Amazon announces Buy With Prime, expanding Prime for merchants and consumers beyond the marketplace. How does it work, and what does it mean?
Amazon announced Buy With Prime, a new initiative that allows Prime shopping and fulfillment on Amazon sellers’ direct-to-consumer websites. Per Amazon’s official announcement, “Buy with Prime [is] a new benefit for Prime members that will extend the convenience of Prime shopping to online stores beyond Amazon.com. Buy with Prime will initially be available by invitation only for merchants using Fulfillment by Amazon (FBA) and will roll out through 2022 as merchants are invited to participate, including those not selling on Amazon or using FBA.”
The expansion of Prime changes the game for Amazon because it allows them to compete against Shopify directly, any business eCommerce website, FedEx, and UPS. It brings the power of Prime shopping and fulfillment to customers outside of the marketplace. It also brings Prime customers and FBA fulfillment to Amazon merchants at their own eCommerce sites. According to experts, there may be even more at play behind the scenes.
While customers will surely benefit from the ease of shopping with Prime, speedy order fulfillment, and the trust that comes with the Prime badge, there’s a lot on the seller and Amazon side of Buy With Prime to unpack. Let’s take a deep dive into Buy With Prime and learn how it works, how it benefits sellers, and what Amazon is hoping to get from it.
Amazon Buy With Prime expansion creates more opportunities
How to Buy With Prime Works for Sellers
Initially, Amazon sellers will be able to participate in Buy With Prime by invitation only and can get on the interest list at the Buy With Prime landing page. Sellers also must be currently using Amazon FBA and must have an Amazon Pay account. Adding Buy with Prime to an online store works quickly because inventory is already stored in FBA.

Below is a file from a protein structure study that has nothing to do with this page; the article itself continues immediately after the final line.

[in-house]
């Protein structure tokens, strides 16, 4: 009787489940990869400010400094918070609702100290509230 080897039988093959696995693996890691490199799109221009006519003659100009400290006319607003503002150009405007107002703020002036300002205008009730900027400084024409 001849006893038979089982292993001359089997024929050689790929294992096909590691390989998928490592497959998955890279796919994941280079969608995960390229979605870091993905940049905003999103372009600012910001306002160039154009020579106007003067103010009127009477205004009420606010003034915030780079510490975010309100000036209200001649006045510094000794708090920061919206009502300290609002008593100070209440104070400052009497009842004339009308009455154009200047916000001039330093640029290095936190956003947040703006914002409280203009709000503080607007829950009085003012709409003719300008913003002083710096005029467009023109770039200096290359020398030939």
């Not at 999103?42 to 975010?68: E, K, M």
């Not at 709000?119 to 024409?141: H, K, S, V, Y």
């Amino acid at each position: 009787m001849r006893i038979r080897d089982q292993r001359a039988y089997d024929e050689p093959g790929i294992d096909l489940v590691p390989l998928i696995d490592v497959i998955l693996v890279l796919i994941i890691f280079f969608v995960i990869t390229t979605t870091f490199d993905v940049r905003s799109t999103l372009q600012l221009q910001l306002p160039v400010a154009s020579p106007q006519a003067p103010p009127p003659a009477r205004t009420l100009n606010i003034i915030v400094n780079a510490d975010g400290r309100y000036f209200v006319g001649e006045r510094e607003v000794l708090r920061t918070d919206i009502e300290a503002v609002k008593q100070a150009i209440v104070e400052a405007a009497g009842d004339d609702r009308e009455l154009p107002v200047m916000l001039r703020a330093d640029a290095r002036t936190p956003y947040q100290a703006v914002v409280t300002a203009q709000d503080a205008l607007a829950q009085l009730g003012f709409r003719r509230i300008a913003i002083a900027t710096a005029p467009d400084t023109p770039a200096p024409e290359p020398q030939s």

Along with using FBA from their own eCommerce sites, Amazon states that “merchants will receive shopper order information, including email addresses for customer orders, which they can use to provide customer service and build direct relationships with shoppers.” Other benefits to merchants include:
- Amazon handling the payment processing
- More new customer conversions due to the Prime badge (and vast Prime membership)
- Closer integration between DTC and Amazon stores
All in all, it’s a pretty solid package for sellers, especially those who meet the qualifications and already have their own DTC websites.
What Does Buy With Prime Mean for Amazon?
For Amazon, Buy With Prime is their ticket to competing directly with DTC eCommerce websites powered by Shopify. And while current enrollment in the program is limited to FBA merchants, the groundwork has been laid to open up Amazon’s Prime fulfillment to all merchants very soon. Fulfillment giants like FedEx and UPS will also be feeling the competition against Amazon’s huge logistics network.
An additional valuable and underestimated benefit to Amazon in this arrangement is additional access to more customer data and better targeting of online advertising. As TechCrunch notes, Amazon will be “processing information about its Prime subscribers, key details about their shopping habits, behavior and interests across other kinds of sites that are not designed or run by Amazon — all information that it can in turn use to improve and shape what it sells on Amazon.com, with the key detail that this is related just to non-public information.” Amazon figures to use this data and the SaaS pricing model to grow Buy With Prime in the same way they grew AWS into a behemoth.
Finally, Buy With Prime may be the first step in Amazon’s new DTC domination plan. According to Marketplace Pulse, this plan begins with Buy With Prime, moves to launching an eCommerce website builder, and then to allowing every Amazon merchant to have their own DTC website. The final stage would be gradually de-linking Buy With Prime from the operation and allowing merchants to offload fulfillment, payments, and other steps to other providers if they wanted to. In this scenario, Amazon creates a new flywheel of retail infrastructure that impacts all eCommerce outside the marketplace.
Of course, it remains to be seen how customers and retailers will accept Buy With Prime. Time will tell if it is the game-changing move Amazon has been working towards or just another underwhelming initiative like Checkout by Amazon—or the Fire Phone.